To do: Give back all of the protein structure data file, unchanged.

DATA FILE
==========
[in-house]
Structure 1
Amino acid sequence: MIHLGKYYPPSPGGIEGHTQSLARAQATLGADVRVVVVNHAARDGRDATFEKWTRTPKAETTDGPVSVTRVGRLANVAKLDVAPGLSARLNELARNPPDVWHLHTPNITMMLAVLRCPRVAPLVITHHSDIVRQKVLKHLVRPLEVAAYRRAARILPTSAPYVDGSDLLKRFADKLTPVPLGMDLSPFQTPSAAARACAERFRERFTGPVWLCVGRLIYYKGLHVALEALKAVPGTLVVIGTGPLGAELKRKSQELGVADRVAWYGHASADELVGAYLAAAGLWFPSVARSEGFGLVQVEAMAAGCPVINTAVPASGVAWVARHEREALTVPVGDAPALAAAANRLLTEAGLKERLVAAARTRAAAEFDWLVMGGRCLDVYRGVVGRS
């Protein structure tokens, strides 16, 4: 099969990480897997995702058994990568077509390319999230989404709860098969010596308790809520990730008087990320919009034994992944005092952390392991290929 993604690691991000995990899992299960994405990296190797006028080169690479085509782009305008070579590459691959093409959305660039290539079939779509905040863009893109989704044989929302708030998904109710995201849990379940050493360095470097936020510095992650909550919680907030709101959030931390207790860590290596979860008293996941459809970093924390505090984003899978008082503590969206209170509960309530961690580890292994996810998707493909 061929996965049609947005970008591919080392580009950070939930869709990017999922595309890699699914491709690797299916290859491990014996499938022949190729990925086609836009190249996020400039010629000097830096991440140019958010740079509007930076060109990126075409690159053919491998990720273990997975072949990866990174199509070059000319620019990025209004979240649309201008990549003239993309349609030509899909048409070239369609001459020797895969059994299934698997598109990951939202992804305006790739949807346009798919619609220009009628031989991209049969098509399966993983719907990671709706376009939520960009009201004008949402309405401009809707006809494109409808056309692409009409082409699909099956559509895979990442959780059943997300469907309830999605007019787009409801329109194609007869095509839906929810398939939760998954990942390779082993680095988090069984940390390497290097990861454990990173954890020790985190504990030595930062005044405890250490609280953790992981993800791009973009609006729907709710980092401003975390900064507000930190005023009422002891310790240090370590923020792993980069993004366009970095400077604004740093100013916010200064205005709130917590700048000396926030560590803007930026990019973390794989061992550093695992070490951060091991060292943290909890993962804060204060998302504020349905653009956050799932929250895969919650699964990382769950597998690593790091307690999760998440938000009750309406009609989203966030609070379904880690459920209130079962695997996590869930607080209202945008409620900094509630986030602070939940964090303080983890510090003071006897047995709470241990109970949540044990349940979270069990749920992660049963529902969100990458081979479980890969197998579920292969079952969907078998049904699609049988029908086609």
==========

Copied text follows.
[in-house]
Structure 1
Amino acid sequence: MIHLGKYYPPSPGGIEGHTQSLARAQATLGADVRVVVVNHAARDGRDATFEKWTRTPKAETTDGPVSVTRVGRLANVAKLDVAPGLSARLNELARNPPDVWHLHTPNITMMLAVLRCPRVAPLVITHHSDIVRQKVLKHLVRPLEVAAYRRAARILPTSAPYVDGSDLLKRFADKLTPVPLGMDLSPFQTPSAAARACAERFRERFTGPVWLCVGRLIYYKGLHVALEALKAVPGTLVVIGTGPLGAELKRKSQELGVADRVAWYGHASADELVGAYLAAAGLWFPSVARSEGFGLVQVEAMAAGCPVINTAVPASGVAWVARHEREALTVPVGDAPALAAAANRLLTEAGLKERLVAAARTRAAAEFDWLVMGGRCLDVYRGVVGRS
């Protein structure tokens, strides 16, 4: 099969990480897997995702058994990568077509390319999230989404709860098969010596308790809520990730008087990320919009034994992944005092952390392991290929 993604690691991000995990899992299960994405990296190797006028080169690479085509782009305008070579590459691959093409959305660039290539079939779509905040863009893109989704044989929302708030998904109710995201849990379940050493360095470097936020510095992650909550919680907030709101959030931390207790860590290596979860008293996941459809970093924390505090984003899978008082503590969206209170509960309530961690580890292994996810998707493909 061929996965049609947005970008591919080392580009950070939930869709990017999922595309890699699914491709690797299916290859491990014996499938022949190729990925086609836009190249996020400039010629000097830096991440140019958010740079509007930076060109990126075409690159053919491998990720273990997975072949990866990174199509070059000319620019990025209004979240649309201008990549003239993309349609030509899909048409070239369609001459020797895969059994299934698997598109990951939202992804305006790739949807346009798919619609220009009628031989991209049969098509399966993983719907990671709706376009939520960009009201004008949402309405401009809707006809494109409808056309692409009409082409699909099956559509895979990442959780059943997300469907309830999605007019787009409801329109194609007869095509839906929810398939939760998954990942390779082993680095988090069984940390390497290097990861454990990173954890020790985190504990030595930062005044405890250490609280953790992981993800791009973009609006729907709710980092401003975390900064507000930190005023009422002891310790240090370590923020792993980069993004366009970095400077604004740093100013916010200064205005709130917590700048000396926030560590803007930026990019973390794989061992550093695992070490951060091991060292943290909890993962804060204060998302504020349905653009956050799932929250895969919650699964990382769950597998690593790091307690999760998440938000009750309406009609989203966030609070379904880690459920209130079962695997996590869930607080209202945008409620900094509630986030602070939940964090303080983890510090003071006897047995709470241990109970949540044990349940979270069990749920992660049963529902969100990458081979479980890969197998579920292969079952969907078998049904699609049988029908086609």